Tuesday, September 30, 2014

September Book Reviews

As usual, the books I read this month are quite the eclectic mix and were chosen for a variety of reasons.

Still Life with Bread Crumbs by Anna Quindlen was recommended by one of the members of the library book club and chosen as the book to discuss in October. This was a easy, quick read that I thoroughly enjoyed. The title comes from the work of Rebecca Winter, the central character in the novel, who is a well-known photographer. Her photograph, Still Life With Bread Crumbs, brought her fame and fortune, however, as the book opens, she is having financial troubles and has moved to small cabin a couple of hours outside New York City. The story focuses on her life in this small town as she tries to get her finances in order. Other characters include her mother, who is in a nursing home, her father, who lives in an apartment with the family housekeeper, her son who works in NY, and Jim Bates, a roofer who tracks eagles for the government on the weekends and has a psycho sister. There's a sweet love story mixed in with the still life photographs Rebecca snaps of crosses she finds scattered around the woods behind her cabin.

The Winter of Red Snow was in the to-read pile beside my bed and is one of the books in the Dear America series that Robbie picked up for me on our trip to Pennsylvania earlier this year. The story centers around the winter of 1777 when Washington's troops camped at Valley Forge and is told in the form of the diary of a young girl, Abigail Jane Stewart, who lived near Valley Forge. I've enjoyed all the Dear America books I've read, and this one is no exception. I particularly enjoyed reading this one since we had so recently toured Valley Forge and seen inside the house that Washington stayed in (which the fictional protagonist visited to pick up and deliver the laundry that her mother did for the Washingtons).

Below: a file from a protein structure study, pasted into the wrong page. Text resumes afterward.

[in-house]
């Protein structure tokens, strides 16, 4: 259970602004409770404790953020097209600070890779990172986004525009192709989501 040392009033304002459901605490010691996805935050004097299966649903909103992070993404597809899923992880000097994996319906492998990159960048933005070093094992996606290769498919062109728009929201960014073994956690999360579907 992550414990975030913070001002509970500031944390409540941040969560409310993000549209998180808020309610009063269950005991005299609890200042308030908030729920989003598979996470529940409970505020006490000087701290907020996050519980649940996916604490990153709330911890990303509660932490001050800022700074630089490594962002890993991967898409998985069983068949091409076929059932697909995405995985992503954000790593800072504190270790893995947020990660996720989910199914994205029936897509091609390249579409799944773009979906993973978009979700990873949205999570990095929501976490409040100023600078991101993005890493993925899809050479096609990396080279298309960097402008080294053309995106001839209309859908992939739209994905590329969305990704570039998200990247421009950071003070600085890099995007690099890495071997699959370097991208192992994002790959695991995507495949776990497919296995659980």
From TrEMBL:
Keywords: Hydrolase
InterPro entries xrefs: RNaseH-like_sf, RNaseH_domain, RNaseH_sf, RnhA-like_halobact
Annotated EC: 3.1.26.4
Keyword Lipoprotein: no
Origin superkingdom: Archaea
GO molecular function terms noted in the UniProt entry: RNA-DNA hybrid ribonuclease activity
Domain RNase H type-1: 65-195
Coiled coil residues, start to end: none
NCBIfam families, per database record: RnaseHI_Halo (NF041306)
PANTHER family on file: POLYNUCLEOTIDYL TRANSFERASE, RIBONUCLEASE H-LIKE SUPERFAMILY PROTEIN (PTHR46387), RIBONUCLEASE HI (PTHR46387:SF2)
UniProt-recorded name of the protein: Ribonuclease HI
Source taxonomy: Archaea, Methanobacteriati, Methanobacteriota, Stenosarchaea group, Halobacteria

I checked out Mark Divine's book, The Way of the SEAL: Think Like an Elite Warrior to Lead and Succeed after reading his article Learn To Take a Stand in a summer issue of Reader's Digest. The author is a former Navy SEAL and the article encourages individuals to define their values, discover their passion, and uncover their purpose. The book provides good information for leading and succeeding in life and includes exercises at the end of each chapter. Many of the exercises focused on visualization, which I agree is very effective, however I thought his focus on it was somewhat excessive. The book discusses five mountains that individuals must master to succeed - physical, mental, emotional, intuitional, and spiritual. There were lots of great quotes in the book - here are a few of my favorites:

*After risk aversion and fear of failure, indecision is perhaps the most common reason for that innovation-killing standstill we call inertia.

*Make a new routine out of shaking things up. This will forge new pathways in your brain, help you to avoid blind spots and rutted thinking, and spice up your life in general.

*...as with any high-functioning computer, the output of your mind is shaped by what you put into it.

Blood of Heaven is one of the Christian fiction books in our collection that I had not read before. This is an intriguing story involving a death row prisoner who is chosen for a genetics experiment, the GOD gene created with DNA taken from blood adhered to a piece of the crown of thorns (which was somehow preserved in candle wax that had melted then solidified around it), a young greedy scientist who deviously alters the DNA, and a police officer's widow and her son. I thought this was a great read with a satisfying, although sad, ending. (I didn't realize until I pulled the book out to read that it was the first in a trilogy.)